If we don’t count crushing guilt and disappointment, there is just one Roman Catholic habit I can’t seem to shake. Liturgy is difficult to forget in the weeks before Easter, and the appearance of Creme Egg always makes me remember Lent. As I am not Jesus, I can hardly refuse the temptation of Cadbury, but I generally do try to practise some instructive form of self-denial starting Ash Wednesday.
This year, I had given up writing about feminism for Lent.
It is peculiar, perhaps, to think of feminism as a kind of seduction, but you’ll just have to believe me when I tell you it has lately become a profitable sin. Thanks to the reliable spending habits of their readership, Australian women’s publications have long paid journalists better than anyone else. There is a reason many content providers appeal explicitly to a female audience, and it is not, as is often claimed, that ours is an era in which women Finally Have a Voice. It is because women buy most of the shit in shops. The voice used to sell this shit has just changed its register a little.
Once, women’s mass media publications wrote about diets. Now they write about body-image and self-esteem. The new advice to “celebrate your difference” such as we might read in mildly reformed publications such as Cosmopolitan magazine is, for mine, not that different from the old advice to “wear a chunky brooch” to distract from the girth of your hips. Similarly, the tendency to inspire fear of rape among readers, such as we might find in Daily Life, has a tabloid resonance that cannot even be muffled by cries to Reclaim the Night. Urging to autonomy in a range of local start-ups including Mamamia, Women’s Agenda and Essential Baby never seems more vehement to me than that we might find in a Cathy comic strip.
Familiar themes of dread, loathing for one’s body, parenting and Treating Yourself are re-branded as feminism. It took me a year or two to overcome the irritation I felt in seeing a useful account of power tamed into a form of SEO — and right up until Ash Wednesday to vow never to engage with what had essentially become a debate with corporate interests.
There is no point arguing gender and power with people who are in the business of collecting clicks and buying and selling Girls’ Weekends Away. Even if they do throw in peculiar argot like “rape culture” and “hegemony”, there is no more reason to think of this stuff as meaningful resistance to the stricture of gender than, say, the memory of Thelma Bullpitt hiding her Myer receipts from her husband.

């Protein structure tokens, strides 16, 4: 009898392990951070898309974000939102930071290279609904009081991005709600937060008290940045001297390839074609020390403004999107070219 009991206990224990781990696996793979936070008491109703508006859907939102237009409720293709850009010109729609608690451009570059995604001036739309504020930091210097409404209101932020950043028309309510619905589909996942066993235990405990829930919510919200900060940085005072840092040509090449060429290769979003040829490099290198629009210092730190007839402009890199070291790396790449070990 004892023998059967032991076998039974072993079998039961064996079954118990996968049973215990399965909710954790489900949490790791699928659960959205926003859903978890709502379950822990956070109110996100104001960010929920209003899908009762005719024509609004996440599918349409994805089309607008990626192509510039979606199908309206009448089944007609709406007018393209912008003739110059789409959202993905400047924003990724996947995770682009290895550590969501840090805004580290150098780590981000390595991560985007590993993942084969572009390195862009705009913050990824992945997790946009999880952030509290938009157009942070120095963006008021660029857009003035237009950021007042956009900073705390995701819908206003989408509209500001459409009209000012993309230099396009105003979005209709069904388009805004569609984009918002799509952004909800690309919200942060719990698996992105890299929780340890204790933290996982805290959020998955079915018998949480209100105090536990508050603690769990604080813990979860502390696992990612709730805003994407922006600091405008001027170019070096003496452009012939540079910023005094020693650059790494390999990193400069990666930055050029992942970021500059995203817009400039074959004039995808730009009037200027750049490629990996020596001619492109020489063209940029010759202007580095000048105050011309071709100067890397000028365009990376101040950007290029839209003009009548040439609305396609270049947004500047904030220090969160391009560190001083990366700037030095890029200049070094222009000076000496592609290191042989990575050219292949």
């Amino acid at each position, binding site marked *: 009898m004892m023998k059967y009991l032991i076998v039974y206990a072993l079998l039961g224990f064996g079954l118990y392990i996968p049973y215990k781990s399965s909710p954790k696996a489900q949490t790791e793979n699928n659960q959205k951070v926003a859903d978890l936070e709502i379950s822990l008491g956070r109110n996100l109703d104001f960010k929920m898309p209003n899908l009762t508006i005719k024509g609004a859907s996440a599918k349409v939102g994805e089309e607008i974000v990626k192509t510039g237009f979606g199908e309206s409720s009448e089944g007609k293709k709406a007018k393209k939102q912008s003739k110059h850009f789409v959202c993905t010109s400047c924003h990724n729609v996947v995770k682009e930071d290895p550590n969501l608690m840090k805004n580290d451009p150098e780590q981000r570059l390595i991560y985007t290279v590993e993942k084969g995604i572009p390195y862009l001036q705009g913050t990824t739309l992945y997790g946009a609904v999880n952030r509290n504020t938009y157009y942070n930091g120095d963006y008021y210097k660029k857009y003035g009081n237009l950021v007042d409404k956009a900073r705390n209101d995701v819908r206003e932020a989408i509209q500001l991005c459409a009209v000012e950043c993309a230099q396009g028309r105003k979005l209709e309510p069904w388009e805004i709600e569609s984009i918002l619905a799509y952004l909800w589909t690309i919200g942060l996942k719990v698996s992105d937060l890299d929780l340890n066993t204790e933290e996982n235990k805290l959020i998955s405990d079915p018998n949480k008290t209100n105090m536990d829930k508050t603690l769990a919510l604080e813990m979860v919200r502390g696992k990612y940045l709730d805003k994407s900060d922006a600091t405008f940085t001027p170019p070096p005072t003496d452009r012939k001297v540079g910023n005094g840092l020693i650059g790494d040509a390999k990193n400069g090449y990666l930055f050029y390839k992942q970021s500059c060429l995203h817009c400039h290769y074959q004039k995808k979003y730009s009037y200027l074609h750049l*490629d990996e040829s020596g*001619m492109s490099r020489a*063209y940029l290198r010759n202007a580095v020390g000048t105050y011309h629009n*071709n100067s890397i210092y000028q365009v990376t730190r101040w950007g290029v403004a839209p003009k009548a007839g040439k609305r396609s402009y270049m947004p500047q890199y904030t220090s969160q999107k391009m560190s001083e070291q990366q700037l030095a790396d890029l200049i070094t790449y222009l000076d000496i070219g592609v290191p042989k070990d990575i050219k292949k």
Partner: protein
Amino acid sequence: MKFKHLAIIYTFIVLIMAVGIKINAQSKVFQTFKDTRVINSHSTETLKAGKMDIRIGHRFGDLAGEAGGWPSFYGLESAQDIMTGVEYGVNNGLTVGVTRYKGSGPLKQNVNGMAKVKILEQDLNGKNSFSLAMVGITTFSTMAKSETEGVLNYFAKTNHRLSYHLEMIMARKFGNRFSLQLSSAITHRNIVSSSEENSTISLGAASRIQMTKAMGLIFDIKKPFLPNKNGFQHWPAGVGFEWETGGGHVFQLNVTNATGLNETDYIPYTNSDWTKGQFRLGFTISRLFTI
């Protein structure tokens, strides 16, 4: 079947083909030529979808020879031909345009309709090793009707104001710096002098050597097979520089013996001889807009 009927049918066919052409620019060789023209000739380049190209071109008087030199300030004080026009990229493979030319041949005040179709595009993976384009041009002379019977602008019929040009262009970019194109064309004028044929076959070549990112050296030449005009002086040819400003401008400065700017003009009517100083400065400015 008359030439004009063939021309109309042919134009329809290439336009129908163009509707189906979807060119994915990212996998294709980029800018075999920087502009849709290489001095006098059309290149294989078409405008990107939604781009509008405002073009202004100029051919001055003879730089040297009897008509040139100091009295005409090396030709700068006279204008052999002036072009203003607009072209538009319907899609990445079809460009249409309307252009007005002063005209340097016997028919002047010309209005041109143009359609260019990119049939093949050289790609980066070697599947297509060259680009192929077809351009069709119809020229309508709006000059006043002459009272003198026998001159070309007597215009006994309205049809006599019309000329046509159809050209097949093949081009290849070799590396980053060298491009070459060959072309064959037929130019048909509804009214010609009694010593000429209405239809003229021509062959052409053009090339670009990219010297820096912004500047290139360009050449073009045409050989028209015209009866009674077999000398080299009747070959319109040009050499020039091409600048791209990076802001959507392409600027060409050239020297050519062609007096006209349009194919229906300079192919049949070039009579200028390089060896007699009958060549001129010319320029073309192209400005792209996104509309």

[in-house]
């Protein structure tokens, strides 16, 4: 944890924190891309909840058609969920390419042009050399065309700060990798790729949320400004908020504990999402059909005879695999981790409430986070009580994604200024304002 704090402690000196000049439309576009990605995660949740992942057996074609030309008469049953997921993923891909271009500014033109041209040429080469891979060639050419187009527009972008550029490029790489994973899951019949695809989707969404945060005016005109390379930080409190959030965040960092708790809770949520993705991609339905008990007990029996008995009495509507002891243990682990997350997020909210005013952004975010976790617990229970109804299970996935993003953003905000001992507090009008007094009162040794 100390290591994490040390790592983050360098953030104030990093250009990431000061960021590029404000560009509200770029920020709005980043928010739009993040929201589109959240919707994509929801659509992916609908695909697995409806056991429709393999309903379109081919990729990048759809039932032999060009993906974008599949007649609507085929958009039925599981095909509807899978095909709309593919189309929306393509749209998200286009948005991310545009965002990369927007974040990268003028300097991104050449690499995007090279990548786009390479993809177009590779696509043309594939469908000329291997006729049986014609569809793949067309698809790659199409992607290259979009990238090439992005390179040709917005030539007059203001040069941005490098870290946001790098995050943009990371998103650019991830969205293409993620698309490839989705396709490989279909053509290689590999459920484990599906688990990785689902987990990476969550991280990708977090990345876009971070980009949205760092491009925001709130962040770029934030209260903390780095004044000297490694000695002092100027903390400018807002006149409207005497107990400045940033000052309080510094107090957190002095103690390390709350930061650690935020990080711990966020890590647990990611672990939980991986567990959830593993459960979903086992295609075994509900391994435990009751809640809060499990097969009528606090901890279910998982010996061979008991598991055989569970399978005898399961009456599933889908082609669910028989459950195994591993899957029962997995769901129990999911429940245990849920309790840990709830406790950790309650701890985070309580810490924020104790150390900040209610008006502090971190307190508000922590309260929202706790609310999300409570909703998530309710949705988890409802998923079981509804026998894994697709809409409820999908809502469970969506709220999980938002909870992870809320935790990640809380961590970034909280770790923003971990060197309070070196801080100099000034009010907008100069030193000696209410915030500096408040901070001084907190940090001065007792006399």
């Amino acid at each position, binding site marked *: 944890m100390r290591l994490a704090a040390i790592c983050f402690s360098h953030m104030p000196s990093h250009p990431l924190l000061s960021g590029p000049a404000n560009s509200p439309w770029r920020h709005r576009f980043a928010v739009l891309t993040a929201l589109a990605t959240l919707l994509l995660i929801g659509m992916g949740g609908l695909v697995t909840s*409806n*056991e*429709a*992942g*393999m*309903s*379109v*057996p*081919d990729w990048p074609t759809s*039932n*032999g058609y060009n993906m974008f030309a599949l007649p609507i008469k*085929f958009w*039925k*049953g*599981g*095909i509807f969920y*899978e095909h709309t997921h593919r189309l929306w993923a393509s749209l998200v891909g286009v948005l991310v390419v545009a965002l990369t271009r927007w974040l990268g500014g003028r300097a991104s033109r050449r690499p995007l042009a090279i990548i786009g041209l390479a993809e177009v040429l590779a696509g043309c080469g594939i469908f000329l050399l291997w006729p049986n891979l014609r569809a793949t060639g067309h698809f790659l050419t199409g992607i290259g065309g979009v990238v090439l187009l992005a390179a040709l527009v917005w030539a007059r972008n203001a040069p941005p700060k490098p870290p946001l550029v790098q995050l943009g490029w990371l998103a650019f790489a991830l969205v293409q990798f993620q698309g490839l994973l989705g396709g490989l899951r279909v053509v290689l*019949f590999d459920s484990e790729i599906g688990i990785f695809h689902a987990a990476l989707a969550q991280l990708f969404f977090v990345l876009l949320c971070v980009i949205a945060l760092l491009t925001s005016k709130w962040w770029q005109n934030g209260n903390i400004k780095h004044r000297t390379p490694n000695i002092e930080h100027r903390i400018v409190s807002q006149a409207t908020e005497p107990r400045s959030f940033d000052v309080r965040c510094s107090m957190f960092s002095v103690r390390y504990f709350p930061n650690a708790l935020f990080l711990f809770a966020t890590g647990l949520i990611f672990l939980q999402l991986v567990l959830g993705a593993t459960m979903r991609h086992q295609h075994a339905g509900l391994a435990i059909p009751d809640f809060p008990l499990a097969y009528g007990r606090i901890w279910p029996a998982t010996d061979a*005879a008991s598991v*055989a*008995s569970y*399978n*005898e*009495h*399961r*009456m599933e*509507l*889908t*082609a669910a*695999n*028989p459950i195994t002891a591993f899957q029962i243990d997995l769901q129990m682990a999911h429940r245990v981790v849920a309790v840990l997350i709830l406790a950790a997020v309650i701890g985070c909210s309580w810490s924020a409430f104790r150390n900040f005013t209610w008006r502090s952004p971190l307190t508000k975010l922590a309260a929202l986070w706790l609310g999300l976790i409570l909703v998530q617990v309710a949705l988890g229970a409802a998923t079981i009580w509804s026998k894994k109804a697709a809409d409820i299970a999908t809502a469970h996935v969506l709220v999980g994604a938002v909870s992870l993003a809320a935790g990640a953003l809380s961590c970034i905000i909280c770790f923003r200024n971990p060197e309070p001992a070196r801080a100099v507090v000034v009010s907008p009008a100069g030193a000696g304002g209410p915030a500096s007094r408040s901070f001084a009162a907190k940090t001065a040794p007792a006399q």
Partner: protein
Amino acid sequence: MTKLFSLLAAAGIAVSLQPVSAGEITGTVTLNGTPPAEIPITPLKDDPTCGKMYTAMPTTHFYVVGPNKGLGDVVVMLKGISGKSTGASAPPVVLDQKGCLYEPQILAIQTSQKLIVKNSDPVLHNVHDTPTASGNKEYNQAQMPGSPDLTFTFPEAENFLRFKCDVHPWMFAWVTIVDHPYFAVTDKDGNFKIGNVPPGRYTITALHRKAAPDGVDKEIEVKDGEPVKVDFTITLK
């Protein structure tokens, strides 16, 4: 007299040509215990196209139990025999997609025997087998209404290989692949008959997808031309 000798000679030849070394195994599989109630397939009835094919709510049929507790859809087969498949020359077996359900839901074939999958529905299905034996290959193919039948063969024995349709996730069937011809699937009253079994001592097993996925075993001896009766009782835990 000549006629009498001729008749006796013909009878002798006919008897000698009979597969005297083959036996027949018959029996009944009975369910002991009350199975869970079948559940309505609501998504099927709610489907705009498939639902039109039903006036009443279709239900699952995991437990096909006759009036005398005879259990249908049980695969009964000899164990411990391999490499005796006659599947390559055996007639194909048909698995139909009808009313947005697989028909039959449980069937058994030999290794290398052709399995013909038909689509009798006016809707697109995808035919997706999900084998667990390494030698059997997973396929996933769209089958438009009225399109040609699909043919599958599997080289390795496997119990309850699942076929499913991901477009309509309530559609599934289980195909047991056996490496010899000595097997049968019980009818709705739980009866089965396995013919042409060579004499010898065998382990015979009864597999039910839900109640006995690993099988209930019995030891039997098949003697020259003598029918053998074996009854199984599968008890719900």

So I gave up. I do not wish to have the “What Is Feminism?” conversation with a new orthodoxy fuelled by new enticements because it can only end in being called a “hater”, and there is no shade more offensive in the safe pink space of women’s news analysis than cynicism.
For a whole week, it was going pretty well. I’d shunned this vice throughout International Women’s Day, and I’d even managed to turn my cheek when my works on the matter of gender were impenitently used by Elle Hardy in the Murdoch press to praise liberal democracy.
Then I met Satan in the second week of fasting.
As a Roman Catholic, one is encouraged to identify with our Lord. It is not, therefore, improper for me to say that when I was yesterday offered kudos by Janet Albrechtsen I felt a bit like Jesus did in the desert when Satan reminded him how easy it was to turn stone into bread. Wrote Albrechtsen:
“Though she will hate the praise from this page, kudos to freelance writer Helen Razer for being honest enough to tell the sisterhood to lift its own gaze and its game. ‘Feminism has become a middle-class wank fest devoted to feeling good,’ wrote Razer last year. Worse than that, there is something deeply unsettling when a clique of well-to-do women spends more time lamenting its own petty grievances and ignores the real human rights abuses that plague women in the not-so-rich world.”
Just as The Australian can praise an opponent of conservatism for her feminist critique, the Horned One can cite scripture to lure even the best Christian. But I am emboldened by Lent, and I know that the holy word of feminism is as out of place in The Australian as it has lately become in other mainstream conversation.
Those to whom feminism remains one useful account of the world might also do well to atone, as I am attempting, in the desert. These crude conversations about power are had not to shepherd us into a pasture of radical democracy but to keep us baaing the same old evil.